A Jewish German student was subjected to anti-Semitic abuse in early December by Arab fellow students in Berlin who screamed at him that “Hitler was a good man because he murdered Jews.”
The verbal abuse was dished out in the Ernst-Reuter high school by the students after the teen expressed his opposition to the creation of a Palestinian state, it was reported in the German daily newspaper, Berliner Zeitung.
The incident took place during a discussion in the classroom about Israel when the Jewish student opined on the concept of a Palestinian state, prompting the students to launch into a verbal tirade, praising the genocide of Jews during World War II by the Nazis.
Speaking to a Jewish newspaper in the community, the student said the flurry of insults included an array of accusations and calls for violence against Jews, including "You murder children,” and “Your heads need to be cut off.”
According to the Jewish teen, anti-Semitic abuse had been a common feature of his school life since his first day at the school. “I tried to stay calm, to smile and to present facts, but I decided to break my silence on the comment about Hitler,” he said.
After the incident, the student, who had been studying at the school for two years, filed a complaint to the principal, who promised that he would protect him.
As a result of the incident, and a series of other similar anti-Semitic attacks, the student is not allowed to play in the school yard during break times for fear that other students may attack him.
After investigating the matter further, the school principal released a statement acknowledging that the incident exposed an “anti-Semitic, anti-Jewish and anti-Israel attitude that prompted us to respond and we will continue to do so. We will take steps that will ensure that these instances are not covered up.”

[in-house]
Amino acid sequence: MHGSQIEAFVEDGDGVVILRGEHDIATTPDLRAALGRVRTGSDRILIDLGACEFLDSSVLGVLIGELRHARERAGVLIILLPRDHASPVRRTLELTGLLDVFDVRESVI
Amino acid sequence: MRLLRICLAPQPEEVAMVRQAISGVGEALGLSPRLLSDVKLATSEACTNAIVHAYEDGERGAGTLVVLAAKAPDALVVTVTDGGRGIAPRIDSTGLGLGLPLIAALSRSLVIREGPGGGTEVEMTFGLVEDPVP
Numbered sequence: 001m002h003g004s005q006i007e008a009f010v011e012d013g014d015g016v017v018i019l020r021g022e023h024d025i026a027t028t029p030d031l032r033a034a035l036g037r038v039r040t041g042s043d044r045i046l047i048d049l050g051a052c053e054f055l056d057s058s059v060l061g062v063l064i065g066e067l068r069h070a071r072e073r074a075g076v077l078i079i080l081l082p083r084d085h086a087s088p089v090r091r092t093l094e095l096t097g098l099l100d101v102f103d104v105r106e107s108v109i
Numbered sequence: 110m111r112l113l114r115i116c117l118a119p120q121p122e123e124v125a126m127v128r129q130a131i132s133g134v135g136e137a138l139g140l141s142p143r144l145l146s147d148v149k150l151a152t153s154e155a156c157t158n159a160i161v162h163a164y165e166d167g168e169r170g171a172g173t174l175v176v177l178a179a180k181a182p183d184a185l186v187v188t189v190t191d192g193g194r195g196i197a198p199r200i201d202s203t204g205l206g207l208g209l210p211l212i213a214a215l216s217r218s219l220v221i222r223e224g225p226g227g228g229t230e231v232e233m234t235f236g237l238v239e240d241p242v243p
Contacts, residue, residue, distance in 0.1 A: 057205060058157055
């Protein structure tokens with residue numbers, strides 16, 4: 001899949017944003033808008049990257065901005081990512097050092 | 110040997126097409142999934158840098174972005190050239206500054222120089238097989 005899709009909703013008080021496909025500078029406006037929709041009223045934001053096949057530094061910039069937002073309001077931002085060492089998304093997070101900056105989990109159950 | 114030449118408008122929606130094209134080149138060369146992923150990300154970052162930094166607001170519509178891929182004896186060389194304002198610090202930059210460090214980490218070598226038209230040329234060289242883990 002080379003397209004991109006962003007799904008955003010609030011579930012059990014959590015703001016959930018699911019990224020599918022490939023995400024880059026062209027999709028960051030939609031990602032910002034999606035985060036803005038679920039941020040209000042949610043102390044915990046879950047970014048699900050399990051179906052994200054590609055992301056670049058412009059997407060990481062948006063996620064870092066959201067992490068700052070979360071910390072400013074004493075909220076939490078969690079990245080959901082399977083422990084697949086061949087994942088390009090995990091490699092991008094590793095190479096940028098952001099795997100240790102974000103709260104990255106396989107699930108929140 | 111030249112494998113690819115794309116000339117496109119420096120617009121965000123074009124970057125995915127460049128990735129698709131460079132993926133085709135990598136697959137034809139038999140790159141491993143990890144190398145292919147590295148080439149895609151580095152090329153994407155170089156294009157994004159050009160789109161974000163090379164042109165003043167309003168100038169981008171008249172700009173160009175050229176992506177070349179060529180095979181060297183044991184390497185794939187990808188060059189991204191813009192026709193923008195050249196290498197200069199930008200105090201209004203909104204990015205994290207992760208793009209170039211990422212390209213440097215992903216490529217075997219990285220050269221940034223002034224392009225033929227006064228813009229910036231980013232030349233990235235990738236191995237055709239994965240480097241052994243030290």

The rabbi of the Berlin Jewish community, Yehuda Teichtal, lamented the “serious” remarks made in the school.
“A situation cannot be allowed where a student in school hears such disgusting things. We expect the government to act in order to prevent tolerance of hatred in society, especially among young people,” Teichtal said.
It is not the first time in recent days that anti-Semitism has struck Berlin.
Last week, a video surfaced showing a 60-year-old German man accosting restaurateur Yorai Feinberg (36) in the German capital and hurling anti-Semitic invective at him merely for being an Israeli Jew, the German paper Bild reported.
Also last week, the Jewish community of Serbia was rocked when a Jewish cemetery in the city of Pančevo was vandalized by two youths who smashed 47 Jewish tombstones.
The perpetrators of the attack climbed over the wall of the old graveyard and proceeded to deface and smash the stones, some of which dated back to the 18th century.
“We are disgusted by this incident. We couldn't believe that such a thing could have happened to us. There have been sporadic anti-Semitic incidents here like drawing a swastika on Jewish homes of defacing synagogues, but something as big as this has never happened,” said David Montijas, president of the Pančevo Jewish community.
The city mayor, Sasa Pavlov, condemned the attack and the municipality announced that it would install security cameras at the cemetery and bolster security measures at the site.